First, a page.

THOUGHTS: Author Alan Gratz is well-known for his action-packed historical fiction stories that are beloved by middle grade students. Ground Zero is no exception and is a must-have for middle grade libraries.

Historical Fiction          Danielle Corrao, Manheim Central SD

MG – In the Shadow of the Fallen Towers: The Seconds, Minutes, Hours, Days, Weeks, Months, and Years after the 9/11 Attacks

Brown, Don. In the Shadow of the Fallen Towers: The Seconds, Minutes, Hours, Days, Weeks, Months, and Years after the 9/11 Attacks. Etch / Houghton Mifflin Harcourt Books for Young Readers. 2021. 978-0-358-22357-3. 121 p. $21.99. Grades 6-9.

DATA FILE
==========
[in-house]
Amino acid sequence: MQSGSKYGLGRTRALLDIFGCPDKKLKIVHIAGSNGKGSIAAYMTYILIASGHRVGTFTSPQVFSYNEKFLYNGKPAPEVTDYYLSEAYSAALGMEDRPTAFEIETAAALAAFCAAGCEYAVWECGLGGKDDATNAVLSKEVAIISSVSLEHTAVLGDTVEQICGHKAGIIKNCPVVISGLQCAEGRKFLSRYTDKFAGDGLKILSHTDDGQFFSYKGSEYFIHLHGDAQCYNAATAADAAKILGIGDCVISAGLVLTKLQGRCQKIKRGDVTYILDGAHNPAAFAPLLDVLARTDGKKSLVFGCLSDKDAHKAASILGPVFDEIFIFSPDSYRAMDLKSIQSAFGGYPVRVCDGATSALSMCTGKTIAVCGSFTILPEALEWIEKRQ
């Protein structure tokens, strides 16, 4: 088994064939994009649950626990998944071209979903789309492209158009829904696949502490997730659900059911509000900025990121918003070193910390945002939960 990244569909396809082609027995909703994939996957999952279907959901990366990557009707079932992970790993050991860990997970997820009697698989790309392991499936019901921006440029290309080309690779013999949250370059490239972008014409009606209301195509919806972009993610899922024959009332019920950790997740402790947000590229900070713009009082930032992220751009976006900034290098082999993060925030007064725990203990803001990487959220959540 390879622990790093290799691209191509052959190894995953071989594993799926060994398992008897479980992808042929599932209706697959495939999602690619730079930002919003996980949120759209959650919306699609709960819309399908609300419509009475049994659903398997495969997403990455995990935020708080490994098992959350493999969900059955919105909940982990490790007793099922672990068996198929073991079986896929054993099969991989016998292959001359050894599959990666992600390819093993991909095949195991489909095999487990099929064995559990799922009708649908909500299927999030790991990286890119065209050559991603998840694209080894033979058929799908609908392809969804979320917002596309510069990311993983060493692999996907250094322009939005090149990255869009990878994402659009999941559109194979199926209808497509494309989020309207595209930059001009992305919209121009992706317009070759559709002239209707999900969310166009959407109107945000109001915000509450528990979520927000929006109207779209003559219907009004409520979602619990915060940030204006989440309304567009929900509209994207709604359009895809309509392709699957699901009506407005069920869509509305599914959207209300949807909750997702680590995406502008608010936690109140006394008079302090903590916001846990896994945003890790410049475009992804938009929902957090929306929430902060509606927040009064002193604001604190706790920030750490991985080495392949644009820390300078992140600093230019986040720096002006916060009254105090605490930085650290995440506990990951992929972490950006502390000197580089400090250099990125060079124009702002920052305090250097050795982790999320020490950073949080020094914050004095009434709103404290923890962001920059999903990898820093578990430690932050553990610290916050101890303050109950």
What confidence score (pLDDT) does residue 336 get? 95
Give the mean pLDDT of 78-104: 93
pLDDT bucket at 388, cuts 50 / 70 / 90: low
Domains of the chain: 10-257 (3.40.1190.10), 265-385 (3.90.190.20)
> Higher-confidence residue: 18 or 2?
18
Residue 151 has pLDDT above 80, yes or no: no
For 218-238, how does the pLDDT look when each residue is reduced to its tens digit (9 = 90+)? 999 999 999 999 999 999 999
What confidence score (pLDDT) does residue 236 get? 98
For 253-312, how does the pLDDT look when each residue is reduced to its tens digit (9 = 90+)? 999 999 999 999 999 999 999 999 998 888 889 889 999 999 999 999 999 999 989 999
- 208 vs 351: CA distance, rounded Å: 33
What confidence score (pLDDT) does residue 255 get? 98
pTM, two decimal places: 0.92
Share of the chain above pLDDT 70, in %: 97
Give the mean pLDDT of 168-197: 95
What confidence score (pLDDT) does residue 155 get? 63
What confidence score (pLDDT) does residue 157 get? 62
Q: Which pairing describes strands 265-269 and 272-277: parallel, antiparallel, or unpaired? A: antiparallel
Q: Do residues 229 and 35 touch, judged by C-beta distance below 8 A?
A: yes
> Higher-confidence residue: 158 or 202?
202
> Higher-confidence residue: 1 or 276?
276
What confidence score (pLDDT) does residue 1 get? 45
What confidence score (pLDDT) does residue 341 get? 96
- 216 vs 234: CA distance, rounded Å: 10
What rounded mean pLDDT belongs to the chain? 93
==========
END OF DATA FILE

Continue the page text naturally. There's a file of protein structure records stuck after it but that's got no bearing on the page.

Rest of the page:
Don Brown excels at creating graphic nonfiction that introduces pivotal events in U.S. history to young readers. His previous titles explore the 1918 flu pandemic, the Dust Bowl, Hurricane Katrina, and more. Now, with the twenty-year mark approaching, In the Shadow of the Fallen Towers captures the tragedy, heroism, and aftermath of the September 11, 2001, terrorist attacks in New York City, Washington D.C., and Pennsylvania. Panels depicting the day of the attacks feature chalky, muted tones that represent the ash covering “Ground Zero” and the smoky hallways of the Pentagon. Bright orange flames also appear throughout. Expository text accompanies the artwork, along with first-person speech bubbles from eyewitnesses, first responders, George W. Bush, soldiers, and survivors. As the subtitle suggests, the author’s timeline incorporates the months and years after 9/11, including the grim victim recovery efforts, the massive clean-up, and the invasion of Afghanistan. Highly controversial topics, such as “enhanced interrogation” of suspected terrorists, are also briefly mentioned.